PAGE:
Blackwell Publishing

Rates of evolution - What is punctuated equilibrium?


The theory of punctuated equilibrium has developed

The original model of punctuated equilibrium attributed the rapid change at speciation to allopatric events, in peripheral isolates. A number of suggestions have been made about how evolution might happen in a small peripherally isolated population:

• Evolution proceeds as normal, under selection and drift which is enough to generate the punctuated equilibrial pattern.

• The peripherally isolated population may evolve in an abnormal manner, because it may be living under abnormal conditions. Stabilizing selection favors the evolution of homeostatic mechanisms: under extreme conditions these mechanisms may break down and an unusual array of phenotypes may then be expressed. Of course new genotypes would be needed for permanent evolutionary effect but perhaps genetic variation that was previously disguised by homeostatic mechanisms could be expressed in the new conditions.

• Major evolutionary break-throughs could be due to macromutation. Macromutations might tend to arise in genes controlling regulatory, or developmental, processes rather than in structural genes, and new species and major groups might therefore arise by regulatory macromutation. Macroevolution would then proceed by non-adaptive mechanisms, and adaptive evolution would be confined to minor adjustments within populations.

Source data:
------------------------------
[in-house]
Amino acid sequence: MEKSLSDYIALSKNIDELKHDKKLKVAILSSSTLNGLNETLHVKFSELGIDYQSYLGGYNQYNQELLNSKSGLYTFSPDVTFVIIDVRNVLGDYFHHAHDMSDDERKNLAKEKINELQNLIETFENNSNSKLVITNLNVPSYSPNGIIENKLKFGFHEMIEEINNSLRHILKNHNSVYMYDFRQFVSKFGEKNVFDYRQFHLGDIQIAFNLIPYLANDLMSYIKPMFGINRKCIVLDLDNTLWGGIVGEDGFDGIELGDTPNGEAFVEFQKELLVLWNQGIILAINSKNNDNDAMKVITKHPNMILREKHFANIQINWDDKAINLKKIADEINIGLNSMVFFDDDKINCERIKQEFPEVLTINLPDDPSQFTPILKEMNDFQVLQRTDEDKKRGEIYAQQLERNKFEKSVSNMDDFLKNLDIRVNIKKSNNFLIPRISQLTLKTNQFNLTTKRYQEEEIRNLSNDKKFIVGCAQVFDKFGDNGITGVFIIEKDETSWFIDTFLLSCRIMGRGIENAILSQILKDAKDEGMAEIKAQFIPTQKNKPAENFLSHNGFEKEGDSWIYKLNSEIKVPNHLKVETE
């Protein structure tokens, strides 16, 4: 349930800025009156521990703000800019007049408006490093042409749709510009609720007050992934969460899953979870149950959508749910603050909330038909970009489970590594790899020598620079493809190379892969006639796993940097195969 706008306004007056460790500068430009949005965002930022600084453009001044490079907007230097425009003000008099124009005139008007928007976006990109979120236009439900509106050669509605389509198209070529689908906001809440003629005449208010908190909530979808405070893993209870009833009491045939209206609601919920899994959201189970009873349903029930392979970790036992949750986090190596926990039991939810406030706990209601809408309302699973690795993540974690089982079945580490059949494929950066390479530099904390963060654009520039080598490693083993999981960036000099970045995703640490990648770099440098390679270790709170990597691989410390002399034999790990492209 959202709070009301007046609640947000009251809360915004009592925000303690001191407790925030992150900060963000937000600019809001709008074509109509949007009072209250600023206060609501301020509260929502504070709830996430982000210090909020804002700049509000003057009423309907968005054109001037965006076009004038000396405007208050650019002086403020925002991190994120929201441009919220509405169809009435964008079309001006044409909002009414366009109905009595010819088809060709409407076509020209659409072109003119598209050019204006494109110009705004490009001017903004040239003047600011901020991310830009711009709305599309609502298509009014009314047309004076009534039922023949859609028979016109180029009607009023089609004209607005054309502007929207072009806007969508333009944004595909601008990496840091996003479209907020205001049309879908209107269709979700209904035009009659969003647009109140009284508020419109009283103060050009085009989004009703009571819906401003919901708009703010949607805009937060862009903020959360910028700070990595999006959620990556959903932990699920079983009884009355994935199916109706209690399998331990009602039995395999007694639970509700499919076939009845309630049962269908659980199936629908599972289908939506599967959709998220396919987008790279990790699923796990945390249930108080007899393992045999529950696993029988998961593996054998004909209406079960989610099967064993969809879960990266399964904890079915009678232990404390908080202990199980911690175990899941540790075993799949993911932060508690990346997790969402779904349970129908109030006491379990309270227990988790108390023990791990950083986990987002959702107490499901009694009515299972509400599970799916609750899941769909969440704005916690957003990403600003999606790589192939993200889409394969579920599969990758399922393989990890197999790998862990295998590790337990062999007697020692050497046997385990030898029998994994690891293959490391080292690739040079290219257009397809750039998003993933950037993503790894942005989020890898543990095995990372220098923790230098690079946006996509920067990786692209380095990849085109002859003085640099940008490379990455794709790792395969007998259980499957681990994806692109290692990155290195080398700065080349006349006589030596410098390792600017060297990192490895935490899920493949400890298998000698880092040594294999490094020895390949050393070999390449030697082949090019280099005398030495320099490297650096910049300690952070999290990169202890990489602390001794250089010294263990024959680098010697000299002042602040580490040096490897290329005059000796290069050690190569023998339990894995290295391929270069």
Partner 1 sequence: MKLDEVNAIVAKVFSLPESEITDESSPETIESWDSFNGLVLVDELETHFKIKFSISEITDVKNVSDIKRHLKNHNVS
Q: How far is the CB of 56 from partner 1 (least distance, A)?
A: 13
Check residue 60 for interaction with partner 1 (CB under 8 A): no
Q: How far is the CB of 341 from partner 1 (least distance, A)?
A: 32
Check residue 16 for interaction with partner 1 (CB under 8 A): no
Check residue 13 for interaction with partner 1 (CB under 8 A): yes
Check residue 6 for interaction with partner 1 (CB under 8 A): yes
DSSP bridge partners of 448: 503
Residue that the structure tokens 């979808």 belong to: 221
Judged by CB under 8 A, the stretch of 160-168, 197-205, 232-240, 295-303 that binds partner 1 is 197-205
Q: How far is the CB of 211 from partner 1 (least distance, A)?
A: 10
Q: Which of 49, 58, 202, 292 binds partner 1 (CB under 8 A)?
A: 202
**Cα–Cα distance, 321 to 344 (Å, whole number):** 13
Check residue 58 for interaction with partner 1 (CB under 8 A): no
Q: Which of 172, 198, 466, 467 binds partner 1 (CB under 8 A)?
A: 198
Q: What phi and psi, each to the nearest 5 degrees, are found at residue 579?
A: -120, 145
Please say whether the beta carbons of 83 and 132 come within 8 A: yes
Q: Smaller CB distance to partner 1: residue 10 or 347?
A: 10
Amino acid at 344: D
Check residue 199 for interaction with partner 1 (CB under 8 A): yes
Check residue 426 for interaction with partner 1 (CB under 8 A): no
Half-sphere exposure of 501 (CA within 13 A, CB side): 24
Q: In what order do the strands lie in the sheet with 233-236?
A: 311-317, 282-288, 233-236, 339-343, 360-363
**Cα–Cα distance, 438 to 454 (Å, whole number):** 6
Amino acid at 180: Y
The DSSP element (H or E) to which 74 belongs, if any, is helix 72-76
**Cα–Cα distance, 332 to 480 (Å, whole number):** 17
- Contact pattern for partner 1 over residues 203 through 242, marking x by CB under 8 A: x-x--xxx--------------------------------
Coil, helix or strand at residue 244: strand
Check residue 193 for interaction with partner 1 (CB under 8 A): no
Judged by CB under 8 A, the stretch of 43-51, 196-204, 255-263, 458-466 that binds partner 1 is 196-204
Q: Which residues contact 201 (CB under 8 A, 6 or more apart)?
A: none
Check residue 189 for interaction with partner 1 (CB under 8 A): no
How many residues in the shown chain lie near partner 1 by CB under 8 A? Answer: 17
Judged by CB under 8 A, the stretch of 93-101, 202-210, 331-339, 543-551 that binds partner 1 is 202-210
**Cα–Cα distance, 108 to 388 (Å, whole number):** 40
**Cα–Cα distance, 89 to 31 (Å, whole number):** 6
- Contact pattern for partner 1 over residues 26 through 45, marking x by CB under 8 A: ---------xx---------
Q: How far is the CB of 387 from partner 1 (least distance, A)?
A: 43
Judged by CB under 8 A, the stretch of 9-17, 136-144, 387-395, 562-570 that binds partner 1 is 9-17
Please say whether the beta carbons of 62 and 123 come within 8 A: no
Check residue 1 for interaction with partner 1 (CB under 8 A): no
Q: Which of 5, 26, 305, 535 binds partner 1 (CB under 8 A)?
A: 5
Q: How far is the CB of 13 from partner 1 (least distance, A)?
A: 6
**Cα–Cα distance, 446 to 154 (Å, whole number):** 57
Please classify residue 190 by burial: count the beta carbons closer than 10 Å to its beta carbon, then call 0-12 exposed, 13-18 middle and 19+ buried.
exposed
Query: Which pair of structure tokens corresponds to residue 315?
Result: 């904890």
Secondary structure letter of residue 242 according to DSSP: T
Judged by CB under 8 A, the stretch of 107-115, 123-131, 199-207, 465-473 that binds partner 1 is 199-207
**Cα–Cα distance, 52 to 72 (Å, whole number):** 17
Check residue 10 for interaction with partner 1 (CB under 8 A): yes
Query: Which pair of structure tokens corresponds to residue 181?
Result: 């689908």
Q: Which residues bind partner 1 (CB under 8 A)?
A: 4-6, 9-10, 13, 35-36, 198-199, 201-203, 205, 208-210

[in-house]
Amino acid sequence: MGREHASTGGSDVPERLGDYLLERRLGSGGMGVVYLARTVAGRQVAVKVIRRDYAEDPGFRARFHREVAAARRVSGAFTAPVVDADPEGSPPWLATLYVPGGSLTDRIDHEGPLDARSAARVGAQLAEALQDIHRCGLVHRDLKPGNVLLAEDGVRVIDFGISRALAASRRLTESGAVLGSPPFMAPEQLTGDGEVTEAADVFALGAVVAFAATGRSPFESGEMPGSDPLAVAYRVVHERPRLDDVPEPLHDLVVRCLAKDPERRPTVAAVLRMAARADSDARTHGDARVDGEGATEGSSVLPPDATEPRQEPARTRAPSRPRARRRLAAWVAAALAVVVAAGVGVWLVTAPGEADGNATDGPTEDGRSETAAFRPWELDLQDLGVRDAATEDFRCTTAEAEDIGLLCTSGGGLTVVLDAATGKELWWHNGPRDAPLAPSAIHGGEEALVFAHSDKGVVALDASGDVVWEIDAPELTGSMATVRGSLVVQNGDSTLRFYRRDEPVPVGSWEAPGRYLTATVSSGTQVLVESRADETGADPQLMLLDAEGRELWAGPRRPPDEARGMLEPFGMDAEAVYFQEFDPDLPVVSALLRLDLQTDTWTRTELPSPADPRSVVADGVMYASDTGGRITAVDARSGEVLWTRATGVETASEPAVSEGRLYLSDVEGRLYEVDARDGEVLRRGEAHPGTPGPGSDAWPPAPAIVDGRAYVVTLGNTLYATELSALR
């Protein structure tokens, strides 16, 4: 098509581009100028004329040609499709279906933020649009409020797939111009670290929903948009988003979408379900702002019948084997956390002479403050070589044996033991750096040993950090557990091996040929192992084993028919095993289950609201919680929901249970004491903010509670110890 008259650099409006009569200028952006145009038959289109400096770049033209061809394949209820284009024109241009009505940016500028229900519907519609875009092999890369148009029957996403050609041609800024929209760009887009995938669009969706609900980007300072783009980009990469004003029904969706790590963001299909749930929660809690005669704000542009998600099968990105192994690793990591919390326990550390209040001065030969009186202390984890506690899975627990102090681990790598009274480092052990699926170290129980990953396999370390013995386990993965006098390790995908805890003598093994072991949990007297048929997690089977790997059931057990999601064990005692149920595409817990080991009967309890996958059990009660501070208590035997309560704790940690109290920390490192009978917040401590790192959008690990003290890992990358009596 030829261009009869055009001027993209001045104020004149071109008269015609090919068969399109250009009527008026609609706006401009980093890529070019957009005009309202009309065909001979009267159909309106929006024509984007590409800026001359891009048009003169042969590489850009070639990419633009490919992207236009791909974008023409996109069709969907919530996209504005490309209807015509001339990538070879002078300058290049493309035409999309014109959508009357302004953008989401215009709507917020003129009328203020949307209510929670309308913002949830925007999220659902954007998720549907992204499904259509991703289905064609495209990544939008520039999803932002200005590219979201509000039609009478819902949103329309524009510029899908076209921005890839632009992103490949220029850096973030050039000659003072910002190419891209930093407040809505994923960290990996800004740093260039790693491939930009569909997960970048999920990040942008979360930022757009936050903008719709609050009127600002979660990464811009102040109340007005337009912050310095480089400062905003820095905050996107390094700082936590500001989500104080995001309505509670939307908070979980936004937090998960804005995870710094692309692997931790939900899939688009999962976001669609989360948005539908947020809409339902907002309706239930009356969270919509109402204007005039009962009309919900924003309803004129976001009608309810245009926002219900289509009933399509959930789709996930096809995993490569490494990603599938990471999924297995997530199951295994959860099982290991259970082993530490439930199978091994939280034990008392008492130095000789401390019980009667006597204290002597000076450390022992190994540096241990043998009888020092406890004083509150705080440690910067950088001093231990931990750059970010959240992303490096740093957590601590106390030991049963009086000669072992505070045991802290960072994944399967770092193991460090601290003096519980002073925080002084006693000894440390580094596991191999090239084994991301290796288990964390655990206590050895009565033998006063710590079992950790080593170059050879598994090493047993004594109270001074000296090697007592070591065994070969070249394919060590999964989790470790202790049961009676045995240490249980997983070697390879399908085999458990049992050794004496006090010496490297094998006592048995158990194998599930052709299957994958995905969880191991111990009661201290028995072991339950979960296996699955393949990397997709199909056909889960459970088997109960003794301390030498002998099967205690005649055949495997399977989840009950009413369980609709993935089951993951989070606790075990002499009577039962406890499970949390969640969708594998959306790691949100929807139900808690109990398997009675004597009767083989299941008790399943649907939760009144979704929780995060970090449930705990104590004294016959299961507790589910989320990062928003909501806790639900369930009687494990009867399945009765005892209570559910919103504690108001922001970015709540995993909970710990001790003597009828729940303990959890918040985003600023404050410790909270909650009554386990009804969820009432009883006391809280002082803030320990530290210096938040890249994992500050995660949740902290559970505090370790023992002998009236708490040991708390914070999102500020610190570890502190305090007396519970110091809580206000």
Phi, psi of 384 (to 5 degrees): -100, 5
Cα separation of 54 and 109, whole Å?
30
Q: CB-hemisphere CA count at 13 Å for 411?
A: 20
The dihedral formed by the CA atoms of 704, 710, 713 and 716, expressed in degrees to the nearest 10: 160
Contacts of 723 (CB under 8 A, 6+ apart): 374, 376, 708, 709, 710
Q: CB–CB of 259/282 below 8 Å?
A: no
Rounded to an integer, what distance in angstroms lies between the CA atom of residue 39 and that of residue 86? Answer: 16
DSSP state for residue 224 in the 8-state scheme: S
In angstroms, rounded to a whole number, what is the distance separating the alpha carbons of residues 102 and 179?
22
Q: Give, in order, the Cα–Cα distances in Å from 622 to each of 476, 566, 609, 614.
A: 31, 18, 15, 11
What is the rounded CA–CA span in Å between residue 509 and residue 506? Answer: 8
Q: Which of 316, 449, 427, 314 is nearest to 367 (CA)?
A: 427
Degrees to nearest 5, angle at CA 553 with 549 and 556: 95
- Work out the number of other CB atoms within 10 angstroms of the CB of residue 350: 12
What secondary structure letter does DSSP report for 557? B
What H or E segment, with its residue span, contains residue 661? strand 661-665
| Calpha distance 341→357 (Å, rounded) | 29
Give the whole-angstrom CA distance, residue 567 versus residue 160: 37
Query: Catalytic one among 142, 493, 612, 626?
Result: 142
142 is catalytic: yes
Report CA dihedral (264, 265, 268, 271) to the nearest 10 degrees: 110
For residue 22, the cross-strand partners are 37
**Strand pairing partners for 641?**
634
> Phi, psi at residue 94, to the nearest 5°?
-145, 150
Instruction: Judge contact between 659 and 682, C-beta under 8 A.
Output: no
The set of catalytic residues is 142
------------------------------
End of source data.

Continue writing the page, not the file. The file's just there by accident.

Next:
The main conjecture of these hypotheses is that macro- and microevolutionary changes might be uncoupled: natural selection and ordinary variation might produce only small-scale, microevolutionary change. It is only in isolated populations under extreme conditions that radically new genotypes are formed.

Figure: two models of allopatric speciation. (a) The dumb-bell model in which the ancestor species is divided into two roughly equal halves, each of which forms a new species. (b) The peripheral isolate model, in which the new species forms from a population isolated at the edge of the ancestral species range.

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